Lack of Government help is stopping manufacturers switching to renewable energy - Daniel Coates

In 2022 energy prices soared out of control but this didn’t translate into a rush of manufacturers and other high energy users switching to renewable energy – a situation that poses a big question, why? Companies can definitely see the benefit of switching.

We’ve invested over £300,000 doing it and now produce most of the electricity we require to operate on a 24/7 basis through a solar power installation and a low carbon gas generator.

The benefits go far beyond cost savings, with the savings we’re making on energy bills helping to reduce manufacturing costs.

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If this was scaled up to a level where the vast majority of manufacturers and high energy users were in a position to switch then the impact would be massive – reduced manufacturing costs alone would help to reduce inflation and ease the cost-of-living crisis, while also making British made products more appealing for export.

A meeting of the new-look Cabinet at 10 Downing Street, London. PIC: Kin Cheung/PA WireA meeting of the new-look Cabinet at 10 Downing Street, London. PIC: Kin Cheung/PA Wire
A meeting of the new-look Cabinet at 10 Downing Street, London. PIC: Kin Cheung/PA Wire

And then there's the environmental impact of a sweeping switch to renewable energy and the impact it would have on the Government achieving its much-vaunted Carbon Zero targets.

So, why aren’t more businesses making the renewable switch? Part of the answer can be seen in the size of investment we’ve made doing it.

It’s a huge amount of money and for many, especially given the current economic situation, it’s prohibitively high. Especially when looked at beside the fact energy prices will fluctuate, both up and down.

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There are alternatives to capital expenditure that can get solar panels installed, but they don’t seem to appeal enough to get enough businesses enthused enough to switch.

At present the other main ways in which a business can switch to solar power are:

Power Purchase Agreement (PPA) – businesses cover the up-front costs of equipment and installation and then charge a per unit price for all electricity produced over a set time period; usually 25-years.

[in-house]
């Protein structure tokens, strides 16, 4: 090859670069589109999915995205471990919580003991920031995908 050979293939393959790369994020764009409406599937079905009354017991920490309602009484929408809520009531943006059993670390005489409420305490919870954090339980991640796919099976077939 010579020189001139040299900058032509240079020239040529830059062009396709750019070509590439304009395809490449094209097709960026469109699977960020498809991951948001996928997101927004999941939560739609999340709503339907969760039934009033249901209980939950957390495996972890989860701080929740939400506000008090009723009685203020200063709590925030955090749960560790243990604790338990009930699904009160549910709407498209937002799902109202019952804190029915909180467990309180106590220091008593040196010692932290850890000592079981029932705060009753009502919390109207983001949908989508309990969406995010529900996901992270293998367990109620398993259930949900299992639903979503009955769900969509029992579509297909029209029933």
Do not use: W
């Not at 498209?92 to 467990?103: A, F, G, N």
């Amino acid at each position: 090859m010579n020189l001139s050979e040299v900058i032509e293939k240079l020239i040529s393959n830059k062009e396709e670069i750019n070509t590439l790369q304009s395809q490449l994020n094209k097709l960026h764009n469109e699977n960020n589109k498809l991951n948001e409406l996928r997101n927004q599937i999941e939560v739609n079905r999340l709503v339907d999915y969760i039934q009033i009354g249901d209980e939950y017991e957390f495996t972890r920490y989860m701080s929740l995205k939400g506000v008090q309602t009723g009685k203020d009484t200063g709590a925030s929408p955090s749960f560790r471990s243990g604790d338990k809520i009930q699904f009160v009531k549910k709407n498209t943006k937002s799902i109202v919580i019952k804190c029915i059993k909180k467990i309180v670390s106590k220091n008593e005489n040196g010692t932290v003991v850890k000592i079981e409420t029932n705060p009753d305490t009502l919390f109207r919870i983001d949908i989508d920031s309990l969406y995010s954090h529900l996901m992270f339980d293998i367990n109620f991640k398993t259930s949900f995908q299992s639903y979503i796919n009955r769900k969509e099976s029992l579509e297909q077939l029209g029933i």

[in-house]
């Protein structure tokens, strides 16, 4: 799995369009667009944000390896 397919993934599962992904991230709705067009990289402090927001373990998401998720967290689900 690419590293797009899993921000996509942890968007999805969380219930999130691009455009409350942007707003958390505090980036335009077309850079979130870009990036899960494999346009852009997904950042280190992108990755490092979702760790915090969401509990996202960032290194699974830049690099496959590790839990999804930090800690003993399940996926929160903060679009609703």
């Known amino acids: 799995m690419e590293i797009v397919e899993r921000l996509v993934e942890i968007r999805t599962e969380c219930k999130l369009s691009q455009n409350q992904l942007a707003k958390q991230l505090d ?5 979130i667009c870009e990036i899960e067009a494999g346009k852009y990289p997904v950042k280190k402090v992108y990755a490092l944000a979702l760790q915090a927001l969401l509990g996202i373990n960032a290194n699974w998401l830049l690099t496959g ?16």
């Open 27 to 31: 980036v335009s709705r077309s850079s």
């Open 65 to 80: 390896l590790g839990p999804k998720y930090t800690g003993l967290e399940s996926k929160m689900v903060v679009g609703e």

Leasing – a straight rental agreement that sees equipment leased for a set period of time and the renter not paying for any of the power generated. This is very infrequently used.

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If the Government really is serious about moving away from carbon-based energy sources to a renewable, greener future, then it needs to do something drastic and do it quickly. And that action is easily defined – they need to incentivise manufacturers and other high energy users to switch to renewable forms of energy.

How exactly that would look and work probably falls on the shoulders of someone above my pay grade, but I do have a few ideas.

Renewable energy loans, similar to the bounce back ones offered during Covid, would certainly help businesses considering cap-ex.

While for those intent on following the PPA or leasing route then surely there’s scope for the Government working in tandem with suppliers to deliver an incentivised deal that either makes unit prices more appealing or rental terms hard to say no to.

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The aim though had to be the same for all three options – to get high-energy users switching en-masse to renewable energy and with it taking the country one giant step closer to being Carbon Zero.

Daniel Coates is the business development director of Leeds-based LVF Packaging.

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